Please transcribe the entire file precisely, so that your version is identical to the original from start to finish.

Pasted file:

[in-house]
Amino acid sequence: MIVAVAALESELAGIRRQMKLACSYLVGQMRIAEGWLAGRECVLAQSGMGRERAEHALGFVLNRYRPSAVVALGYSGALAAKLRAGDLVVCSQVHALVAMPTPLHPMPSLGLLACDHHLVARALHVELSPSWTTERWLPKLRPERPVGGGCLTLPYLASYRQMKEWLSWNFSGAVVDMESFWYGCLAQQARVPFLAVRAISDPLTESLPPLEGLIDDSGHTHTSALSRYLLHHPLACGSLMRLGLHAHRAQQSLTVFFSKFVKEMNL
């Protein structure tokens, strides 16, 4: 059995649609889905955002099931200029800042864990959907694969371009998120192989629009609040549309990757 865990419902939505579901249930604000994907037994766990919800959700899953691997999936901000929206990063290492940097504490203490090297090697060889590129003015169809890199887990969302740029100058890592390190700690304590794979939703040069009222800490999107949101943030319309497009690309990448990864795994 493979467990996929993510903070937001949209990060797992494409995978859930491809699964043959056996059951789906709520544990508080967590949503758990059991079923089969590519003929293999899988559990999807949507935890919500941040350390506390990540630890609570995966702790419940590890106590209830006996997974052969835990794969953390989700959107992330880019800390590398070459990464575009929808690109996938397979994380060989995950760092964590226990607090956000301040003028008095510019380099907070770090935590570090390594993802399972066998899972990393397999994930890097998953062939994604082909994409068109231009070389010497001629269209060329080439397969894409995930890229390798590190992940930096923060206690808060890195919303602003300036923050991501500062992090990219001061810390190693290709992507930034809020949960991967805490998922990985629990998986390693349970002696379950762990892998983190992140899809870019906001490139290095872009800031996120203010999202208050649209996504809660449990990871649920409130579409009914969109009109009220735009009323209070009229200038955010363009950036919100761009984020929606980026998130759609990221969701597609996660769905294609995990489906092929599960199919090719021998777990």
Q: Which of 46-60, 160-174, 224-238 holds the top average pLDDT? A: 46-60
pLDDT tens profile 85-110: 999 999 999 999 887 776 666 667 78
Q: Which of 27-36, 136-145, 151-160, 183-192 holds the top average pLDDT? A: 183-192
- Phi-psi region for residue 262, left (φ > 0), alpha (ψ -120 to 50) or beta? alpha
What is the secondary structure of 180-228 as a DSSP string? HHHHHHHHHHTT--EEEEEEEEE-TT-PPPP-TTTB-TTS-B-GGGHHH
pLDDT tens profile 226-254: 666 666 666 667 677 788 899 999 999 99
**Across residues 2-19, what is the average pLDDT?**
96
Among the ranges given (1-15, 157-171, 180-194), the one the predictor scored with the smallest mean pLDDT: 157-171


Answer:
[in-house]
Amino acid sequence: MIVAVAALESELAGIRRQMKLACSYLVGQMRIAEGWLAGRECVLAQSGMGRERAEHALGFVLNRYRPSAVVALGYSGALAAKLRAGDLVVCSQVHALVAMPTPLHPMPSLGLLACDHHLVARALHVELSPSWTTERWLPKLRPERPVGGGCLTLPYLASYRQMKEWLSWNFSGAVVDMESFWYGCLAQQARVPFLAVRAISDPLTESLPPLEGLIDDSGHTHTSALSRYLLHHPLACGSLMRLGLHAHRAQQSLTVFFSKFVKEMNL
């Protein structure tokens, strides 16, 4: 059995649609889905955002099931200029800042864990959907694969371009998120192989629009609040549309990757 865990419902939505579901249930604000994907037994766990919800959700899953691997999936901000929206990063290492940097504490203490090297090697060889590129003015169809890199887990969302740029100058890592390190700690304590794979939703040069009222800490999107949101943030319309497009690309990448990864795994 493979467990996929993510903070937001949209990060797992494409995978859930491809699964043959056996059951789906709520544990508080967590949503758990059991079923089969590519003929293999899988559990999807949507935890919500941040350390506390990540630890609570995966702790419940590890106590209830006996997974052969835990794969953390989700959107992330880019800390590398070459990464575009929808690109996938397979994380060989995950760092964590226990607090956000301040003028008095510019380099907070770090935590570090390594993802399972066998899972990393397999994930890097998953062939994604082909994409068109231009070389010497001629269209060329080439397969894409995930890229390798590190992940930096923060206690808060890195919303602003300036923050991501500062992090990219001061810390190693290709992507930034809020949960991967805490998922990985629990998986390693349970002696379950762990892998983190992140899809870019906001490139290095872009800031996120203010999202208050649209996504809660449990990871649920409130579409009914969109009109009220735009009323209070009229200038955010363009950036919100761009984020929606980026998130759609990221969701597609996660769905294609995990489906092929599960199919090719021998777990």
Q: Which of 46-60, 160-174, 224-238 holds the top average pLDDT? A: 46-60
pLDDT tens profile 85-110: 999 999 999 999 887 776 666 667 78
Q: Which of 27-36, 136-145, 151-160, 183-192 holds the top average pLDDT? A: 183-192
- Phi-psi region for residue 262, left (φ > 0), alpha (ψ -120 to 50) or beta? alpha
What is the secondary structure of 180-228 as a DSSP string? HHHHHHHHHHTT--EEEEEEEEE-TT-PPPP-TTTB-TTS-B-GGGHHH
pLDDT tens profile 226-254: 666 666 666 667 677 788 899 999 999 99
**Across residues 2-19, what is the average pLDDT?**
96
Among the ranges given (1-15, 157-171, 180-194), the one the predictor scored with the smallest mean pLDDT: 157-171